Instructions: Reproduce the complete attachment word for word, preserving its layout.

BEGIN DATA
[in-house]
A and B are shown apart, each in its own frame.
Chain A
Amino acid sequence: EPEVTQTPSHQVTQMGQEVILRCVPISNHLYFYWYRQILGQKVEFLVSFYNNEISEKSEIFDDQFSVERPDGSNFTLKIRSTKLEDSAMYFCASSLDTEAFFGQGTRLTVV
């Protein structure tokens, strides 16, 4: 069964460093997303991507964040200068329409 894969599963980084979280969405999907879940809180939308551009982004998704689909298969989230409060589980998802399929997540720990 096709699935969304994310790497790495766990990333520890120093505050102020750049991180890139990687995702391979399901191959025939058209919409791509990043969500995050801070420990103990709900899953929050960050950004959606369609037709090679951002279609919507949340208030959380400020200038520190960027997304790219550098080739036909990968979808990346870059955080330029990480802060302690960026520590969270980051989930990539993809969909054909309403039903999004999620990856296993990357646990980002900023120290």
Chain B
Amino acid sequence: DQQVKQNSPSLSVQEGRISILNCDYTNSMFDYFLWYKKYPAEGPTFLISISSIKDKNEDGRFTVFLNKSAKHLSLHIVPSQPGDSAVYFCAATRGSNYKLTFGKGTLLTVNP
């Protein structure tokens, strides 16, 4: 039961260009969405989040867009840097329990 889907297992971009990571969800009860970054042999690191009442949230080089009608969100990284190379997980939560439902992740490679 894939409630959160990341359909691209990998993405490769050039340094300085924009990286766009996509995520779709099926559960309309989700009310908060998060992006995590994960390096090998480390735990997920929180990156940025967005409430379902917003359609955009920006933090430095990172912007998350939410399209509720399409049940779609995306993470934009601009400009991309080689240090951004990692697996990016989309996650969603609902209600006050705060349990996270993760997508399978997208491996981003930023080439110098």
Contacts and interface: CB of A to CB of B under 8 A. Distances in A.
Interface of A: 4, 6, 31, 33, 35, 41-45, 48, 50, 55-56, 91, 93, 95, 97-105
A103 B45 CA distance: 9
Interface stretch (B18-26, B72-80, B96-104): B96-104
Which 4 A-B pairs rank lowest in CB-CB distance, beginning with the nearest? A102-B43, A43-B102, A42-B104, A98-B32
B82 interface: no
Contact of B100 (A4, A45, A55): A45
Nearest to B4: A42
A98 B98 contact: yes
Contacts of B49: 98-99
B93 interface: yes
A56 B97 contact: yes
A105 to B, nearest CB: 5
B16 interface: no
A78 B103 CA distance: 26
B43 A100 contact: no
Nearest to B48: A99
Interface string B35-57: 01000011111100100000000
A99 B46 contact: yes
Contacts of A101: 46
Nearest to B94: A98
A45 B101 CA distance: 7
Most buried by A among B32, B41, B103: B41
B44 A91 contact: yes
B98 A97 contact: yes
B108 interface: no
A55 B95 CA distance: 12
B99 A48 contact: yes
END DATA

[in-house]
A and B are shown apart, each in its own frame.
Chain A
Amino acid sequence: EPEVTQTPSHQVTQMGQEVILRCVPISNHLYFYWYRQILGQKVEFLVSFYNNEISEKSEIFDDQFSVERPDGSNFTLKIRSTKLEDSAMYFCASSLDTEAFFGQGTRLTVV
């Protein structure tokens, strides 16, 4: 069964460093997303991507964040200068329409 894969599963980084979280969405999907879940809180939308551009982004998704689909298969989230409060589980998802399929997540720990 096709699935969304994310790497790495766990990333520890120093505050102020750049991180890139990687995702391979399901191959025939058209919409791509990043969500995050801070420990103990709900899953929050960050950004959606369609037709090679951002279609919507949340208030959380400020200038520190960027997304790219550098080739036909990968979808990346870059955080330029990480802060302690960026520590969270980051989930990539993809969909054909309403039903999004999620990856296993990357646990980002900023120290």
Chain B
Amino acid sequence: DQQVKQNSPSLSVQEGRISILNCDYTNSMFDYFLWYKKYPAEGPTFLISISSIKDKNEDGRFTVFLNKSAKHLSLHIVPSQPGDSAVYFCAATRGSNYKLTFGKGTLLTVNP
């Protein structure tokens, strides 16, 4: 039961260009969405989040867009840097329990 889907297992971009990571969800009860970054042999690191009442949230080089009608969100990284190379997980939560439902992740490679 894939409630959160990341359909691209990998993405490769050039340094300085924009990286766009996509995520779709099926559960309309989700009310908060998060992006995590994960390096090998480390735990997920929180990156940025967005409430379902917003359609955009920006933090430095990172912007998350939410399209509720399409049940779609995306993470934009601009400009991309080689240090951004990692697996990016989309996650969603609902209600006050705060349990996270993760997508399978997208491996981003930023080439110098």
Contacts and interface: CB of A to CB of B under 8 A. Distances in A.
Interface of A: 4, 6, 31, 33, 35, 41-45, 48, 50, 55-56, 91, 93, 95, 97-105
A103 B45 CA distance: 9
Interface stretch (B18-26, B72-80, B96-104): B96-104
Which 4 A-B pairs rank lowest in CB-CB distance, beginning with the nearest? A102-B43, A43-B102, A42-B104, A98-B32
B82 interface: no
Contact of B100 (A4, A45, A55): A45
Nearest to B4: A42
A98 B98 contact: yes
Contacts of B49: 98-99
B93 interface: yes
A56 B97 contact: yes
A105 to B, nearest CB: 5
B16 interface: no
A78 B103 CA distance: 26
B43 A100 contact: no
Nearest to B48: A99
Interface string B35-57: 01000011111100100000000
A99 B46 contact: yes
Contacts of A101: 46
Nearest to B94: A98
A45 B101 CA distance: 7
Most buried by A among B32, B41, B103: B41
B44 A91 contact: yes
B98 A97 contact: yes
B108 interface: no
A55 B95 CA distance: 12
B99 A48 contact: yes